Back in the second half of 2022, I started working with Jay, an Asterisk subject-matter expert with a McGuyver-like quality to him.
Case in point: We forgot to bring a null-terminated serial cable adapter for console access to a firewall we were working on. The customer was in the middle of nowhere, so we weren't getting a cable without hours of driving or days of waiting.
Jay literally turned a couple of paperclips and a cross-over serial cable into a working null-terminated serial cable we could use to connect to the firewall.
But the actual reason I started working with Jay was because of his expertise in Music On Hold applications using Asterisk. Together, we are bringing the power of ogg123 and mpg123 compatible streaming to the Mission Control dashboard.
ogg123 vs mpg123?
mpg123-compatibility enables mp3 files for playback via streaming. ogg123-support enables the Ogg Vorbis audio format.
Ogg Vorbis will have better quality at the same bitrate compared to mp3s. Similar in scope to Apple-friendly AAC format. It's the modern (open) replacement for mp3 that hasn't quite been picked up en-masse yet.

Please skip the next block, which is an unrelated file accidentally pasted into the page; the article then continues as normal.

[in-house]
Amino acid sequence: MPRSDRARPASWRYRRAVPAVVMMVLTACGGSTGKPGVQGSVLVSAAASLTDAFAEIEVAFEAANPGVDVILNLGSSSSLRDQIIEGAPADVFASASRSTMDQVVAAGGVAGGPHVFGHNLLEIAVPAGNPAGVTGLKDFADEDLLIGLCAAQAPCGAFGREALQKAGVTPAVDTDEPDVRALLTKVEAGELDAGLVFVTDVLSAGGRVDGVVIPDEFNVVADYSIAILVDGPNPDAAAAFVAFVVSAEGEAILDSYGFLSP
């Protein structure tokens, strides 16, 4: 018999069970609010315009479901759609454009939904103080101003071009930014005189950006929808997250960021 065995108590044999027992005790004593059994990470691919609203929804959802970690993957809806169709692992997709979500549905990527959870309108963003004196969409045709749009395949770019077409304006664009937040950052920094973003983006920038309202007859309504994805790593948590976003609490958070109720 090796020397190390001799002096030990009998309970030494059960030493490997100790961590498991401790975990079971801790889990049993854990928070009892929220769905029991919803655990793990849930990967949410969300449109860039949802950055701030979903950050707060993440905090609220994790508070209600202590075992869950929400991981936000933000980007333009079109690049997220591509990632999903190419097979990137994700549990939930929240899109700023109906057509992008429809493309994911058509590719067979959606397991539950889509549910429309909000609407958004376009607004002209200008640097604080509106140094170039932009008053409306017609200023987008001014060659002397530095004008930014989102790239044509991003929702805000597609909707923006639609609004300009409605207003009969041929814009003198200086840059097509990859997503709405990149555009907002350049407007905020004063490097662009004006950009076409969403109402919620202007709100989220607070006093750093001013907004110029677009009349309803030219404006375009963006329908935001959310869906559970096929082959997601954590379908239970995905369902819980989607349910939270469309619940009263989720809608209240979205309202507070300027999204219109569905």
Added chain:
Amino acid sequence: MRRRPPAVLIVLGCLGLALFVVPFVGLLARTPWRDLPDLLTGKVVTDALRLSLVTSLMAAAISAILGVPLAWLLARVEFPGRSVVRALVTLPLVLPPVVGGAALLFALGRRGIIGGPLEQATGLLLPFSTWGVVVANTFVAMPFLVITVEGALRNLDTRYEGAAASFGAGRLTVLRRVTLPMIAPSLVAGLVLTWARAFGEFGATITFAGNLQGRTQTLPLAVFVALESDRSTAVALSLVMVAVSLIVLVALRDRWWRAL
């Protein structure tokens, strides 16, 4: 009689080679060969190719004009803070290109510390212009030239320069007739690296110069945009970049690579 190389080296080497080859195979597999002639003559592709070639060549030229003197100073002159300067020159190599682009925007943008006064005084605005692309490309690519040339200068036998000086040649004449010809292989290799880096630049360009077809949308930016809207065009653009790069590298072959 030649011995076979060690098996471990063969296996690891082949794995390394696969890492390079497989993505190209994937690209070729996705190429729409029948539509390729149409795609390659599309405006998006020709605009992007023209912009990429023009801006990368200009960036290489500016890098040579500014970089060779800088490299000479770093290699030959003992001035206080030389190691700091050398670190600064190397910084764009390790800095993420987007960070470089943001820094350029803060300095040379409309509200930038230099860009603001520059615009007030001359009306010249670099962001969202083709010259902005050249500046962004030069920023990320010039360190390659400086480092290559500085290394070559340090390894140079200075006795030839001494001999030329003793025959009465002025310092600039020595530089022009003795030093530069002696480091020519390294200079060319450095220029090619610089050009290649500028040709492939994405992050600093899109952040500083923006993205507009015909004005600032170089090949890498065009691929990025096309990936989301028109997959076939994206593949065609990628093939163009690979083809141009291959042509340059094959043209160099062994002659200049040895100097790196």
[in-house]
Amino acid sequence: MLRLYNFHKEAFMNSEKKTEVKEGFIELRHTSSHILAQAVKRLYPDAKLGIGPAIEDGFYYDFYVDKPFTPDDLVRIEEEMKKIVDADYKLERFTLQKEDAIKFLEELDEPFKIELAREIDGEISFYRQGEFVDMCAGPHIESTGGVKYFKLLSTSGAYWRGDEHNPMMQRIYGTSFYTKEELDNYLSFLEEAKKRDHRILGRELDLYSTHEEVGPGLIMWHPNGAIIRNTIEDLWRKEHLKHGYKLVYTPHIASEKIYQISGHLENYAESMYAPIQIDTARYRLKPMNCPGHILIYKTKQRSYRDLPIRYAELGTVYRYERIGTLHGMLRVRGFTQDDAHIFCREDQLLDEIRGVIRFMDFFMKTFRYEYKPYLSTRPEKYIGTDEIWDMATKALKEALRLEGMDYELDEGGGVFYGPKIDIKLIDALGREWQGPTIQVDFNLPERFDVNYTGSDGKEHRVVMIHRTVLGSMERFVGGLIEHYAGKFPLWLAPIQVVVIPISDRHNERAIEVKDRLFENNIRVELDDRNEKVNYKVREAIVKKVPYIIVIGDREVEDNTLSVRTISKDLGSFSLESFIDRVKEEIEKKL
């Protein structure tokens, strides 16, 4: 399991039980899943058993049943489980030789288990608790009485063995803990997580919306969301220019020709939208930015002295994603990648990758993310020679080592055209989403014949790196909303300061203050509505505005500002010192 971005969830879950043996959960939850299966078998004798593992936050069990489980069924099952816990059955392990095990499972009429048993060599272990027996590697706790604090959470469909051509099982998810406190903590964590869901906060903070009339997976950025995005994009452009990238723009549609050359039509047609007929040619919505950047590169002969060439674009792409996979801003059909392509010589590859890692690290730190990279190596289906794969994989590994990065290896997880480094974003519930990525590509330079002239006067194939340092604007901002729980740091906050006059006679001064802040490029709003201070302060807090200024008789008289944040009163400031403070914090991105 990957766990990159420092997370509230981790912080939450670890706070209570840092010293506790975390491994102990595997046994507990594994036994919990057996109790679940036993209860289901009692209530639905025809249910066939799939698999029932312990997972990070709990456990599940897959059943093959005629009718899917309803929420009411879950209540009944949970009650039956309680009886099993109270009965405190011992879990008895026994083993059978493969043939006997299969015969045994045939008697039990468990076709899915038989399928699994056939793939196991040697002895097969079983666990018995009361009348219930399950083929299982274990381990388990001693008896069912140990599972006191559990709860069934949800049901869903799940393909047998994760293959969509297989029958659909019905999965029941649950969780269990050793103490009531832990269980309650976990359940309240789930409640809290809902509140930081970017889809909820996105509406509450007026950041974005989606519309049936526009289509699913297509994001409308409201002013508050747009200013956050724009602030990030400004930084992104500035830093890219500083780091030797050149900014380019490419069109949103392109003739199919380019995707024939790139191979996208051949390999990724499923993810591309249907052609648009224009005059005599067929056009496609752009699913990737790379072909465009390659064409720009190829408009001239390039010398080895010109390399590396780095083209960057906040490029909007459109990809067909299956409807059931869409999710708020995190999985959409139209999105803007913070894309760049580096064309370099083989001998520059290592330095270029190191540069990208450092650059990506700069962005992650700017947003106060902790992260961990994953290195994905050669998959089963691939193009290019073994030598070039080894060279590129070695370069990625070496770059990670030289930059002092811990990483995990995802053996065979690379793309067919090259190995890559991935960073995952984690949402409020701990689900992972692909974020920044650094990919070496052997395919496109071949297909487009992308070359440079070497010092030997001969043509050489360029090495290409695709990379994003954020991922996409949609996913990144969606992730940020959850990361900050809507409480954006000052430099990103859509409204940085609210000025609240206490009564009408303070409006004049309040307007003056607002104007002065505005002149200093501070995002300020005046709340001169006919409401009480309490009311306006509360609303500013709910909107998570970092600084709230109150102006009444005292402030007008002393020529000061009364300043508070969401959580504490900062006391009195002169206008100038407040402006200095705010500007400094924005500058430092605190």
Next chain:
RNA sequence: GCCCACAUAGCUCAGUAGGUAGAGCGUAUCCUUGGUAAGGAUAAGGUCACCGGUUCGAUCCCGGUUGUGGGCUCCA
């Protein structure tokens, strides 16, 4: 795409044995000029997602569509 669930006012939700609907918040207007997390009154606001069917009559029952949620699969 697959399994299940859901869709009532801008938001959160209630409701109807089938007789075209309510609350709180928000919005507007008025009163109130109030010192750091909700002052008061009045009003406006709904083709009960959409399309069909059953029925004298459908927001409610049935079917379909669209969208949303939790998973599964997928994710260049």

For my Amtelco-based friends, your systems only support mp3 at the time the post was published.
So, what does this all mean?
Mission Control users will be able to:
- create your own music stations for use in your client accounts
- enable high-quality (and high-fidelity) playback
- load your own music files or use our royalty-free music
- The station never leaves your network
- No fees for each station connection or time-played
Some music station example ideas include:
- An energetic mix for standard accounts
- A more serious tone for law and/or funeral accounts
- Custom music or announcements from clients
- Company "The more you know" messages on internal accounts
This feature is included in Mission Control at no additional cost for paid subscribers.
Email email@example.com to learn more! Existing Mission Control installations will automatically be updated.
On a side note: In the United States, the mp3 technology became "substantially patent-free" in 2017 - so the audio format itself is now royalty free!